Jul 26, 2021

Nurul Husna Mohd Shukri, PhD, is a Senior Lecturer and Researcher at Universiti Putra Malaysia. She is also a breastfeeding peer counselor and advocate who was nominated for her research and contributions to global breastfeeding and maternal child health.

“To be honest, when I just started becoming a breastfeeding peer counselor, I used to think that I was less capable of supporting breastfeeding mothers since I was not yet a mother myself. Then I told myself that a doctor does not need to have been a patient in order to become a good doctor,” Nurul shared. “I think the most important thing for providing support is being passionate about lactation and having strong empathy for your clients. As a lactation counselor, I always remind myself not to rush in addressing breastfeeding related issues, but instead to prioritize the situation, try to understand the mother’s concern, and work with her as team to overcome the problem.”

Nurul’s interest in breastfeeding began when she helped her mom to take care of her sisters who had just given birth to their babies. According to Nurul, in Malaysia, a mother usually stays with her own mom (baby’s grandmother) for the first 2-3 months postpartum, during which they will practice postpartum traditional care at home. This home maternity care (as her own mother has been practicing) usually involves traditional relaxation massage, herb bath and special dietary care (healthier food – less oily and nutritious) for the new mother. The grandmother also usually teaches her daughter about caring for the baby, and assists in breastfeeding. “I have 4 sisters, 2 sisters-in-law and now 17 total nieces and nephews! I loved to learn from the way my mother took care of my sisters and their babies during their postpartum period. Helping my mom along the process, made me so fascinated with breastfeeding and I began self-learning about maternity care and lactation. Eventually I became one of the main persons supporting and helping my sisters and relatives to breastfeed exclusively.”

Nurul with her nephews

Nurul pursued her PhD in infant nutrition to better understand lactation, breast milk composition, infant care and parenting. Her PhD research focused on the effects of relaxation therapy during breastfeeding on maternal stress, breast milk composition, milk intake and infant outcomes (growth and behavior). Her study findings showed that relaxation therapy during breastfeeding could reduce mothers’ stress, and enable them to produce milk with a different composition, in terms of hormones and macronutrient content. She also found that the infants of the relaxation group had higher milk intake and optimal growth between 3-4 months of age. Read more about the study here.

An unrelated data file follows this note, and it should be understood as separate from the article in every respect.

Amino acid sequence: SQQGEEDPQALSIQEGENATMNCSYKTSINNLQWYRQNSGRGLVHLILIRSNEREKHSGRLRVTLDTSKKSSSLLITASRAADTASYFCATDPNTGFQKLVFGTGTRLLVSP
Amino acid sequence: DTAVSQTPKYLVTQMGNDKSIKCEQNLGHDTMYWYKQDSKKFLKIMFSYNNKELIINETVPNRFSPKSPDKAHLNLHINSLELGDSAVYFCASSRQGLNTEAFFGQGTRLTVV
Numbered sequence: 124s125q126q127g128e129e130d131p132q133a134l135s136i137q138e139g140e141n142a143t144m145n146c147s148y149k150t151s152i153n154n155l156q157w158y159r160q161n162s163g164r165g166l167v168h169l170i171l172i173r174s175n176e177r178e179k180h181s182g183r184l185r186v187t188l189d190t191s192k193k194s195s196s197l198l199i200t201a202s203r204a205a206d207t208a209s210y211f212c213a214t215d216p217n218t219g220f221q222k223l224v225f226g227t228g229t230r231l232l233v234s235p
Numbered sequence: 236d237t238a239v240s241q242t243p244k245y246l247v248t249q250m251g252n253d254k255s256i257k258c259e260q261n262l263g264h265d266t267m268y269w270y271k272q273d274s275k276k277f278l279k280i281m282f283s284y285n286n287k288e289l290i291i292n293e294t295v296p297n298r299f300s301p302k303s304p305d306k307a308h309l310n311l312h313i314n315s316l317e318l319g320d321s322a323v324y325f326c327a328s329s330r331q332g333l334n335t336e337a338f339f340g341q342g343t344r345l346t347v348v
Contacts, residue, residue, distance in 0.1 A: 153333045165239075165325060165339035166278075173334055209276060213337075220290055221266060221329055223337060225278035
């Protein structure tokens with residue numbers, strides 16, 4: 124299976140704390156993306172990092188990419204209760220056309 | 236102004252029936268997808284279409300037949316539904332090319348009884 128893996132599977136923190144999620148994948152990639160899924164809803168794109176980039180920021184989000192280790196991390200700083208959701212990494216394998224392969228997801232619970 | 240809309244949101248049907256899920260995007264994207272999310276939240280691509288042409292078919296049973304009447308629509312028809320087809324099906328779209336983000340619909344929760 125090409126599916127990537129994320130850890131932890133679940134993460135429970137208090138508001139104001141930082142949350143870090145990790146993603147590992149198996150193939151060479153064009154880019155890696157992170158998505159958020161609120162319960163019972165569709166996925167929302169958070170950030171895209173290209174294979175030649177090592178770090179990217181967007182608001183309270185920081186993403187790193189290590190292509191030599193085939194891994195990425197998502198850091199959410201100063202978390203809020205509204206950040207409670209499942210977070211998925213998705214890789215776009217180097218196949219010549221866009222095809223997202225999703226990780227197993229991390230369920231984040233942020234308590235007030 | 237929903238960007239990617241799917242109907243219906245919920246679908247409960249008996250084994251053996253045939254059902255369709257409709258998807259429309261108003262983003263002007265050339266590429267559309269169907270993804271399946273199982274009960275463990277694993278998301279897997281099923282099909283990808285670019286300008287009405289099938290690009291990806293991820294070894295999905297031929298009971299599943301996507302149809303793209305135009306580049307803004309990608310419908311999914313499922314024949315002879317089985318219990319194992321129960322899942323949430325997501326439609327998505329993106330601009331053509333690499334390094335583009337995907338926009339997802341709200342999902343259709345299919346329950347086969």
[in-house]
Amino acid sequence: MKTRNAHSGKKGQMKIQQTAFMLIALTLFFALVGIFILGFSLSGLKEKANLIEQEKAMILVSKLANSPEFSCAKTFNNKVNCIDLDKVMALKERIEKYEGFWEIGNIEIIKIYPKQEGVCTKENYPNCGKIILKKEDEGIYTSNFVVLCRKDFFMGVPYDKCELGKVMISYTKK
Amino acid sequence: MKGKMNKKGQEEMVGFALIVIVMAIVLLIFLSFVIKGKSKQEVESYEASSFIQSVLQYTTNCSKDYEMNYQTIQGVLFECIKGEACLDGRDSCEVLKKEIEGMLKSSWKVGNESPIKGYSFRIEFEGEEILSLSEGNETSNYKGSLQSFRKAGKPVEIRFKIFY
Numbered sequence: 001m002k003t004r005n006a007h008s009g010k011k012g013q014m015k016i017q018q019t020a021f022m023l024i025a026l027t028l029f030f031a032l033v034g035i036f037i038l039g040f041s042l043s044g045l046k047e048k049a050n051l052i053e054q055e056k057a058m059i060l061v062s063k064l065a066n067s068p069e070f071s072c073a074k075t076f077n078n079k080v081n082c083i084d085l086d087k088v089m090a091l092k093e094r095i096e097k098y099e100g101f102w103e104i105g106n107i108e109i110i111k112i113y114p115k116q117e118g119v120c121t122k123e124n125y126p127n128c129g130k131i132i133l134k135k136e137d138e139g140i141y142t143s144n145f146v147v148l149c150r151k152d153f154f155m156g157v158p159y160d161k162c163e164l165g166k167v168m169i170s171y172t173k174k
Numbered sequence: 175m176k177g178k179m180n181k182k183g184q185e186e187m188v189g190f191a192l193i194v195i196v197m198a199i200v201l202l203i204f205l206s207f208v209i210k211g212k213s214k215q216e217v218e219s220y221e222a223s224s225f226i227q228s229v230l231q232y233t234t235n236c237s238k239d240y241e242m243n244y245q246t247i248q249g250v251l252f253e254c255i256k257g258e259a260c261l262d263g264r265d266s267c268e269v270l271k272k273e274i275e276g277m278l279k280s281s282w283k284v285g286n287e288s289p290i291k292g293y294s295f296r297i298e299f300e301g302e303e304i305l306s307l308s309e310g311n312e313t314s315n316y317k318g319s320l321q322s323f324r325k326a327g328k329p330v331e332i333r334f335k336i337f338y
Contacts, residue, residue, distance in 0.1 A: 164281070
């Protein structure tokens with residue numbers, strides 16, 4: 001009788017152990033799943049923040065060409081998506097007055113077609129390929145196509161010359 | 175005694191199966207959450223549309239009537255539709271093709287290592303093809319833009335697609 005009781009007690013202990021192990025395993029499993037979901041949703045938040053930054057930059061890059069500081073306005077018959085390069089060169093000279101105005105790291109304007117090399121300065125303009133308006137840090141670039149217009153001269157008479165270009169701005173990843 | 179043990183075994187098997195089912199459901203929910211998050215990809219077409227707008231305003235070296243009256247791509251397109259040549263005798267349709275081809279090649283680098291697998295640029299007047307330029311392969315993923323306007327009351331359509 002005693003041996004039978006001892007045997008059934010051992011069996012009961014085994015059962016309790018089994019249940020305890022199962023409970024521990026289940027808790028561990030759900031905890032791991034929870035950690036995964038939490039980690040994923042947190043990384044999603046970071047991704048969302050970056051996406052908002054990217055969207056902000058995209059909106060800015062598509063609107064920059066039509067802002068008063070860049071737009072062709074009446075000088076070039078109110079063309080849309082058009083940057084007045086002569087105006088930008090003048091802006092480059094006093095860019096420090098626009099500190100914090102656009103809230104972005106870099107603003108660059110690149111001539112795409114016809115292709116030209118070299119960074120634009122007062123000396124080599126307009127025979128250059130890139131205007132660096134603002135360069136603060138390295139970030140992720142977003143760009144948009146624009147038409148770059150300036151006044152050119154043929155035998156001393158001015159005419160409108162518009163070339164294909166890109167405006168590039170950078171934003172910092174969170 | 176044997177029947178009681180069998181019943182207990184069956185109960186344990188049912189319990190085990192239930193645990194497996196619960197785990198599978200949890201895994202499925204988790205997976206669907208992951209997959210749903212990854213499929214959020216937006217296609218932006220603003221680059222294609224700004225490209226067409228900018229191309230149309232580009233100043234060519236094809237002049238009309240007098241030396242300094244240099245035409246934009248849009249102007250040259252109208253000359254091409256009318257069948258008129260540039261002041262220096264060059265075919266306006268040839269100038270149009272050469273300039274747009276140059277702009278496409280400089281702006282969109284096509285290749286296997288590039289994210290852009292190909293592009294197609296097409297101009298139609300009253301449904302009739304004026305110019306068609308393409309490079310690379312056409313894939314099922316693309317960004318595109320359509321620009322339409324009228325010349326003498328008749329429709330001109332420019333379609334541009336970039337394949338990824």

Besides research and academics, Nurul advocates for breastfeeding by supporting, educating and promoting breastfeeding through presentations and seminars with health professionals. She has worked with hundreds of mothers on one-on-one basis since she became a breastfeeding peer counselor in 2013. She is also an active member of the Malaysian Breastfeeding Peer Counselor Association and the International Society for Research in Human Milk and Lactation (ISRHML).

In her spare time, Nurul enjoys playing basketball, hiking and tramping. She would like to appreciate her supervisors, husband, family and friends for their constant support throughout her professional journey in the breastfeeding field.

Congratulations Nurul, thank you for all you do to protect and promote breastfeeding in Malaysia and around the world!